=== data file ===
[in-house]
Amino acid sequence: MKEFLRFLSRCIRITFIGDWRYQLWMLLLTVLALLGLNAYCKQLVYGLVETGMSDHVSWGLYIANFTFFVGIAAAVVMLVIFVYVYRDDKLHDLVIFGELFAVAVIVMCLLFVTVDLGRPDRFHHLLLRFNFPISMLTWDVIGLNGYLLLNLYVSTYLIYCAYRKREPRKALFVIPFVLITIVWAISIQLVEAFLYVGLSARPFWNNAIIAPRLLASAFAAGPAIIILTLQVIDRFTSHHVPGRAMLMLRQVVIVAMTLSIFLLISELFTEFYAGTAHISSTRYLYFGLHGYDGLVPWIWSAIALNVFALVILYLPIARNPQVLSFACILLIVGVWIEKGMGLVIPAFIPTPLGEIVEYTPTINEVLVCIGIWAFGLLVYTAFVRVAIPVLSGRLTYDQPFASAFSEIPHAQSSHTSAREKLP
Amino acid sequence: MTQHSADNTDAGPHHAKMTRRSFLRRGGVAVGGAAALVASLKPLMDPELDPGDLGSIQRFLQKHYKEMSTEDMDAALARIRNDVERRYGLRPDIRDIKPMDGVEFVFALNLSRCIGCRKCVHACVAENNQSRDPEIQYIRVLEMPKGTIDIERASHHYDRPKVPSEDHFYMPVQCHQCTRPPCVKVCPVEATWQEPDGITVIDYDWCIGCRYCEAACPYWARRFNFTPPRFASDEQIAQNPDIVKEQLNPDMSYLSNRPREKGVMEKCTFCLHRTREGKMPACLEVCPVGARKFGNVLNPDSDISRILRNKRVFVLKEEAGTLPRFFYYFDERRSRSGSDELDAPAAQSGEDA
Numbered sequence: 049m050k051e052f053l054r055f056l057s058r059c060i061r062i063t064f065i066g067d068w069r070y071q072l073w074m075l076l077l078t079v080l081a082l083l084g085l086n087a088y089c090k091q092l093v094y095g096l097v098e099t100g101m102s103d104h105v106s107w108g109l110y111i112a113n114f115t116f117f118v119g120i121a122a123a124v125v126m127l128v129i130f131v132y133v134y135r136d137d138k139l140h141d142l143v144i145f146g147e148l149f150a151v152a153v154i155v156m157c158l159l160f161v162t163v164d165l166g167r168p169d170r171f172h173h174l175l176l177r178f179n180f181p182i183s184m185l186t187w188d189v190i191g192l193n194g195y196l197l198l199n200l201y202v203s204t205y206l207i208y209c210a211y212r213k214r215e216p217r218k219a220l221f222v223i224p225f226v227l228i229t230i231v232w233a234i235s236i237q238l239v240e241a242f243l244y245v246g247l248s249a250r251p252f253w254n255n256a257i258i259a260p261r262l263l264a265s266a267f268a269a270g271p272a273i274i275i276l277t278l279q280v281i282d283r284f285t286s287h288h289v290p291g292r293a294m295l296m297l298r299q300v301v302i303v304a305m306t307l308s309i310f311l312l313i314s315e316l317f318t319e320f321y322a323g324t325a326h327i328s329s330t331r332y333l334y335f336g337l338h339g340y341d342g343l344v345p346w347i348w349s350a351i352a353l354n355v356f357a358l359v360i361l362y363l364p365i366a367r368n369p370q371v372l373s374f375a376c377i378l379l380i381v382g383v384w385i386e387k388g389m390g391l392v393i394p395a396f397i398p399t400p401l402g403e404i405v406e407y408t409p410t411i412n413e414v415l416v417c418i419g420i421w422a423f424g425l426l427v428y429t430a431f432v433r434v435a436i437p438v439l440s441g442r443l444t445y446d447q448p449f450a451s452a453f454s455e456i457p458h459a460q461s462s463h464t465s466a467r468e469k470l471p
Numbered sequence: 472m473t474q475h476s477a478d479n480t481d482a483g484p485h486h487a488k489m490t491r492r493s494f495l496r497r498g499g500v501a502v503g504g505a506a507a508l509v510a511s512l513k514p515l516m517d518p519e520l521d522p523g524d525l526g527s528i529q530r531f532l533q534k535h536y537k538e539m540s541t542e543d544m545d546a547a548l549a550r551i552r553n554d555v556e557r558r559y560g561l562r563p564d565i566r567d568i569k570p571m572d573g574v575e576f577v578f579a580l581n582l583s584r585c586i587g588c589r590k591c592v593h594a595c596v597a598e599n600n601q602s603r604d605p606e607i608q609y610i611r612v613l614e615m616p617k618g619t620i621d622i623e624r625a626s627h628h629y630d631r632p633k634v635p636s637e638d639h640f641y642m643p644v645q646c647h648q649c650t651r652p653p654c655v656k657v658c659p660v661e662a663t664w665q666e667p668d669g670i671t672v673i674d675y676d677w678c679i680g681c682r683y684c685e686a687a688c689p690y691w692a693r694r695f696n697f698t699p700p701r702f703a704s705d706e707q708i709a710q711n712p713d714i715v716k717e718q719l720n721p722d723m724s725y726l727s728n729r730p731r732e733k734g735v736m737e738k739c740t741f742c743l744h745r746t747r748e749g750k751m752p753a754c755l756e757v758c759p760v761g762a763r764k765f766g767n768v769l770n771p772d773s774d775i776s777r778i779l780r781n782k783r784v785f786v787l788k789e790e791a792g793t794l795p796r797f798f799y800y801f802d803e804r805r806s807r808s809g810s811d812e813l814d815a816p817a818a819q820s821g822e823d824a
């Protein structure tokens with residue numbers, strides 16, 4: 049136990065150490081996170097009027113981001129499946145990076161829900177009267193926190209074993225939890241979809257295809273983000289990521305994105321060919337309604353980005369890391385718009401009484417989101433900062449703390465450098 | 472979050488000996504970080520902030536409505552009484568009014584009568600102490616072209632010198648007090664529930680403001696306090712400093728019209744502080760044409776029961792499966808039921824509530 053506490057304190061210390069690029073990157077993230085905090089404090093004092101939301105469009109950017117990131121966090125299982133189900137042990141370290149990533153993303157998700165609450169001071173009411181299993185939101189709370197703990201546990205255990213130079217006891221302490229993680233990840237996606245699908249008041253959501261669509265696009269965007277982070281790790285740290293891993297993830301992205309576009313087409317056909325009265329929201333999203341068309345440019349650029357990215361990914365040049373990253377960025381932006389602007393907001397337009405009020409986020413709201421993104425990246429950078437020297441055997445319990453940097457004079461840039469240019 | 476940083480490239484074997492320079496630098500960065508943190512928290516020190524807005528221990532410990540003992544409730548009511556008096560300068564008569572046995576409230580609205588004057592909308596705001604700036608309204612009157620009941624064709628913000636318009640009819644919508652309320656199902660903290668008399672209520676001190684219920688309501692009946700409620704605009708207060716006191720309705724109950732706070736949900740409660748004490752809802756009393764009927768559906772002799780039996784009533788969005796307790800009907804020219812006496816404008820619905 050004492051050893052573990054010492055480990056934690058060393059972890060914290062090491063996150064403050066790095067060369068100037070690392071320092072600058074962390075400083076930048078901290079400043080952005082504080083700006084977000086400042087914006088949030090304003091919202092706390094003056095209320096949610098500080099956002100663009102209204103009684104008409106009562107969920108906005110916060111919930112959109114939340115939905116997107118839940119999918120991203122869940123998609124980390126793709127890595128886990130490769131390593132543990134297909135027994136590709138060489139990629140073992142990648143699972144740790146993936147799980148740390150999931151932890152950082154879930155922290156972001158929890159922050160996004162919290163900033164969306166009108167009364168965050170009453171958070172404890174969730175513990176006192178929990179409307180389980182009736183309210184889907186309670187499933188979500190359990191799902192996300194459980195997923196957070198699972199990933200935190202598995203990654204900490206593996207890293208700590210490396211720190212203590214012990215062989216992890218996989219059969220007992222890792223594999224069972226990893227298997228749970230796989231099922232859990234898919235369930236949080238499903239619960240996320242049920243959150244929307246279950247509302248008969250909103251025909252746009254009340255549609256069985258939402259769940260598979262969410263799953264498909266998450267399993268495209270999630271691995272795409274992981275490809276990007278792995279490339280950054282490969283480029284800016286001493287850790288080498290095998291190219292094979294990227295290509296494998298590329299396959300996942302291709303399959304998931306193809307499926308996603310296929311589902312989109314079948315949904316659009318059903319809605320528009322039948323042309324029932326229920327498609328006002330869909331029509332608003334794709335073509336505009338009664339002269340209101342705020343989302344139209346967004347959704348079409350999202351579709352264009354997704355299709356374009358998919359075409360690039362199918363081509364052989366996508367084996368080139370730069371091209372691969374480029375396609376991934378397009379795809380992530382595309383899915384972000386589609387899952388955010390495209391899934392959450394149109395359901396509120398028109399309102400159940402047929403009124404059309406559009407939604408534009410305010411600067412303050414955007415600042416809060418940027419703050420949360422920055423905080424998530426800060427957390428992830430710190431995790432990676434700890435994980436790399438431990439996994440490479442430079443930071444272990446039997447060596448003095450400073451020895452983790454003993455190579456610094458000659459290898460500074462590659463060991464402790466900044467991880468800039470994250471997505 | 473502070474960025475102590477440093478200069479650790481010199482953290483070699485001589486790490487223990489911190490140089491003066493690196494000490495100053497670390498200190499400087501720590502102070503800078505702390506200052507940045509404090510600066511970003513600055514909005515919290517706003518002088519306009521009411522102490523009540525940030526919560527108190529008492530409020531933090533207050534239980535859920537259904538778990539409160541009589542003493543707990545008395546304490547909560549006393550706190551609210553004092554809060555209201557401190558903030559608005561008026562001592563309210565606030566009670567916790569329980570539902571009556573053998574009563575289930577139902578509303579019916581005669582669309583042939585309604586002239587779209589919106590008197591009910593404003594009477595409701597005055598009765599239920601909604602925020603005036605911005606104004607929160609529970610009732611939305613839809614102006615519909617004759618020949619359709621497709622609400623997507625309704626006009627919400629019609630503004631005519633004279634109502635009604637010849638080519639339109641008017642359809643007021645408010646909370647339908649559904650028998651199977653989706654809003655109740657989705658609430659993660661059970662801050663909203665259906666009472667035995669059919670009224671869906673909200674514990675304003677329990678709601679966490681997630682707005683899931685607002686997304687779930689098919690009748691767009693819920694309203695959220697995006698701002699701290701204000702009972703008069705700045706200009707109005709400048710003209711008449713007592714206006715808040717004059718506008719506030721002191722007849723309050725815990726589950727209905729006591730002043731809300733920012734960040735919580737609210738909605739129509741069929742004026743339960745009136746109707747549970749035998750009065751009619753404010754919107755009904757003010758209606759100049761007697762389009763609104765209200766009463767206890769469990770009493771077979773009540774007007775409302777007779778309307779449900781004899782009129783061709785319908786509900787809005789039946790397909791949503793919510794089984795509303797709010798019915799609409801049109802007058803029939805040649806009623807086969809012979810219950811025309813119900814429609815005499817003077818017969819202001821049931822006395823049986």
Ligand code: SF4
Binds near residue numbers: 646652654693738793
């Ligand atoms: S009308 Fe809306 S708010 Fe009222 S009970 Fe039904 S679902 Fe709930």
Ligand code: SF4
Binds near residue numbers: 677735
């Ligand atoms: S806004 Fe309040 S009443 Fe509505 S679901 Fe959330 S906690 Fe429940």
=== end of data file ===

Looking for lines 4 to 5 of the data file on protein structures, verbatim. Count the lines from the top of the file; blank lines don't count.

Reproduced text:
Numbered sequence: 049m050k051e052f053l054r055f056l057s058r059c060i061r062i063t064f065i066g067d068w069r070y071q072l073w074m075l076l077l078t079v080l081a082l083l084g085l086n087a088y089c090k091q092l093v094y095g096l097v098e099t100g101m102s103d104h105v106s107w108g109l110y111i112a113n114f115t116f117f118v119g120i121a122a123a124v125v126m127l128v129i130f131v132y133v134y135r136d137d138k139l140h141d142l143v144i145f146g147e148l149f150a151v152a153v154i155v156m157c158l159l160f161v162t163v164d165l166g167r168p169d170r171f172h173h174l175l176l177r178f179n180f181p182i183s184m185l186t187w188d189v190i191g192l193n194g195y196l197l198l199n200l201y202v203s204t205y206l207i208y209c210a211y212r213k214r215e216p217r218k219a220l221f222v223i224p225f226v227l228i229t230i231v232w233a234i235s236i237q238l239v240e241a242f243l244y245v246g247l248s249a250r251p252f253w254n255n256a257i258i259a260p261r262l263l264a265s266a267f268a269a270g271p272a273i274i275i276l277t278l279q280v281i282d283r284f285t286s287h288h289v290p291g292r293a294m295l296m297l298r299q300v301v302i303v304a305m306t307l308s309i310f311l312l313i314s315e316l317f318t319e320f321y322a323g324t325a326h327i328s329s330t331r332y333l334y335f336g337l338h339g340y341d342g343l344v345p346w347i348w349s350a351i352a353l354n355v356f357a358l359v360i361l362y363l364p365i366a367r368n369p370q371v372l373s374f375a376c377i378l379l380i381v382g383v384w385i386e387k388g389m390g391l392v393i394p395a396f397i398p399t400p401l402g403e404i405v406e407y408t409p410t411i412n413e414v415l416v417c418i419g420i421w422a423f424g425l426l427v428y429t430a431f432v433r434v435a436i437p438v439l440s441g442r443l444t445y446d447q448p449f450a451s452a453f454s455e456i457p458h459a460q461s462s463h464t465s466a467r468e469k470l471p
Numbered sequence: 472m473t474q475h476s477a478d479n480t481d482a483g484p485h486h487a488k489m490t491r492r493s494f495l496r497r498g499g500v501a502v503g504g505a506a507a508l509v510a511s512l513k514p515l516m517d518p519e520l521d522p523g524d525l526g527s528i529q530r531f532l533q534k535h536y537k538e539m540s541t542e543d544m545d546a547a548l549a550r551i552r553n554d555v556e557r558r559y560g561l562r563p564d565i566r567d568i569k570p571m572d573g574v575e576f577v578f579a580l581n582l583s584r585c586i587g588c589r590k591c592v593h594a595c596v597a598e599n600n601q602s603r604d605p606e607i608q609y610i611r612v613l614e615m616p617k618g619t620i621d622i623e624r625a626s627h628h629y630d631r632p633k634v635p636s637e638d639h640f641y642m643p644v645q646c647h648q649c650t651r652p653p654c655v656k657v658c659p660v661e662a663t664w665q666e667p668d669g670i671t672v673i674d675y676d677w678c679i680g681c682r683y684c685e686a687a688c689p690y691w692a693r694r695f696n697f698t699p700p701r702f703a704s705d706e707q708i709a710q711n712p713d714i715v716k717e718q719l720n721p722d723m724s725y726l727s728n729r730p731r732e733k734g735v736m737e738k739c740t741f742c743l744h745r746t747r748e749g750k751m752p753a754c755l756e757v758c759p760v761g762a763r764k765f766g767n768v769l770n771p772d773s774d775i776s777r778i779l780r781n782k783r784v785f786v787l788k789e790e791a792g793t794l795p796r797f798f799y800y801f802d803e804r805r806s807r808s809g810s811d812e813l814d815a816p817a818a819q820s821g822e823d824a